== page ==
In front-view systems, we’ll see a projectile moving from the viewer towards the screen. In order to give this illusion, the main aspect to tweak is the zoom of the projectile graphic. It will start out very large and with each frame get smaller and smaller. Additionally, it will also move closer to the centre of the screen (or the intended target).

With projectiles traveling in a curve, the movement path will be slightly different. Instead of getting closer to the target, it will instead go slightly above it in the first few frames and in the last 2-3 will suddenly go downwards. It’s always a good idea to test and preview when making an animation like this so to get a good idea if the projectile is moving naturally or whether something needs correcting.

1i1FaEX.jpg


Projectiles in side-view systems.

In side-view systems the zooming of the projectile isn’t likely to play a role. It’s all in the path itself and perhaps easier to implement than with front-view systems. For straight line projectiles they’ll simply move straight towards the enemy. Keep in mind the number of frames you use for this. The fewer frames you use, the faster it will move.

The curved ones will simply follow a more curvaceous path. However, here it is also worth noting the acceleration and effects of gravity on the projectile if you wish to make it look as natural as possible. Generally, as the projectile is nearing its peak height, it will start slowing down. Once it reached the highest point and starts moving downwards, it will begin speeding up again due to gravity.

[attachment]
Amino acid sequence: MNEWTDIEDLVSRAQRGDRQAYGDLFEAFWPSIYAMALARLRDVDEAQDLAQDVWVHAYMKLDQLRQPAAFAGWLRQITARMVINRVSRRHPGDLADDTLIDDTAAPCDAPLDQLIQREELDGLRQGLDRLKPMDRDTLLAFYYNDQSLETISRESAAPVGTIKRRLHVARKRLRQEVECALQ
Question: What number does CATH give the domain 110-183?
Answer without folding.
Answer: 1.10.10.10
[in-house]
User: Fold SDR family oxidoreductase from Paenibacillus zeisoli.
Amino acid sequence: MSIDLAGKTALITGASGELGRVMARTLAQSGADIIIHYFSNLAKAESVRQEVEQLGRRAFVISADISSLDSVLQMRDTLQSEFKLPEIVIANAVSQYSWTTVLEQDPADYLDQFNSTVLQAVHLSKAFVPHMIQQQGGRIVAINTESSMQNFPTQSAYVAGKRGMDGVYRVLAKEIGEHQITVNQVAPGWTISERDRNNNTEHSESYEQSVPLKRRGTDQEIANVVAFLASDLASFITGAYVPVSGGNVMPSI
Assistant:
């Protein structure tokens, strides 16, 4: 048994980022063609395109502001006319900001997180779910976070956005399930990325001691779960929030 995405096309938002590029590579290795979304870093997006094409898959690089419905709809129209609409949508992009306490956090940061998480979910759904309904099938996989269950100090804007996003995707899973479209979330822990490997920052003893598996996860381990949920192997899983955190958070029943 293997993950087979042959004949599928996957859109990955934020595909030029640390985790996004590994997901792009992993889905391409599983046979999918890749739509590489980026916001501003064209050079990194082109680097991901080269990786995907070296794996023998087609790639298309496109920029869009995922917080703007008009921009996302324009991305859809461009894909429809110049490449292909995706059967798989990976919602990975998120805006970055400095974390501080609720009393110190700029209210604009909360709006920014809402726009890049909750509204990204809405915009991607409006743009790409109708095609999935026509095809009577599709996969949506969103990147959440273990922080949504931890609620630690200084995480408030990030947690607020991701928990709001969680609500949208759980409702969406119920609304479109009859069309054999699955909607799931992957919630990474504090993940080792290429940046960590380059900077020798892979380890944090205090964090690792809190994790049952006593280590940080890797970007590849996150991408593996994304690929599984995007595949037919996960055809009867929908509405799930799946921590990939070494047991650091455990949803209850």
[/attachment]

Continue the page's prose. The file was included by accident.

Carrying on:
0uxhhRx.jpg


4. Fallen Objects

At times some animations will consist of fallen objects. They could be rocks, grenades, or even individuals themselves. Since in real life fallen objects bounce, they’ll have to do the same in an animation in order to look realistic. How much they bounce would differ from object to object, but a small level of bounce will be required even for the biggest and heaviest objects, like rocks. Each bounce will be smaller and smaller, until the object reaches rest. If the object is also moving horizontally as it’s falling, it might even slide for the last couple of frames.

Take note of the last few frames on this image. The character sprite (ignore the rocks) bounces slightly as soon as he impacts with the ground (in frames 3 and 5, his sprite is positioned slightly higher than in frames 2, 4, and 6).

F52eBos.jpg

Flauros heaves himself onto solid ground for recreation.

5. Wave Motion

Some special attacks might adopt this cool effect. To give an illusion of a wave isn’t as hard as it seems, but it can be a bit time consuming.

Best way to achieve it is to have several points on the screen where animation graphic will appear and to modify each one to slightly lag behind the previous one. Perhaps this image will explain it best:

gRrwCkc.jpg


6. Liquid Splashes

Whether it’s some nasty toxic goo or a bit of blood, you might occasionally need a liquid splash effect among your battle animations. What’s important to consider here is that liquid will be affected by gravity (unless it’s something extremely volatile that evaporates right away), and as the splash effect is nearing its end, the droplets will start falling down. Adding this downward movement in the last few frames of a liquid splash makes it look that much more realistic.

WciL979.jpg


7. Character Sprites

Up to now we’ve been mostly casting fireballs, chucking rocks, and blowing things up. But remember that potentially battle animations can be even more interesting and diverse than this, since anything can be used as an animation graphic. This also includes character sprites themselves. This can particularly be useful for side-view battle systems to make characters pull off some cool-looking skills.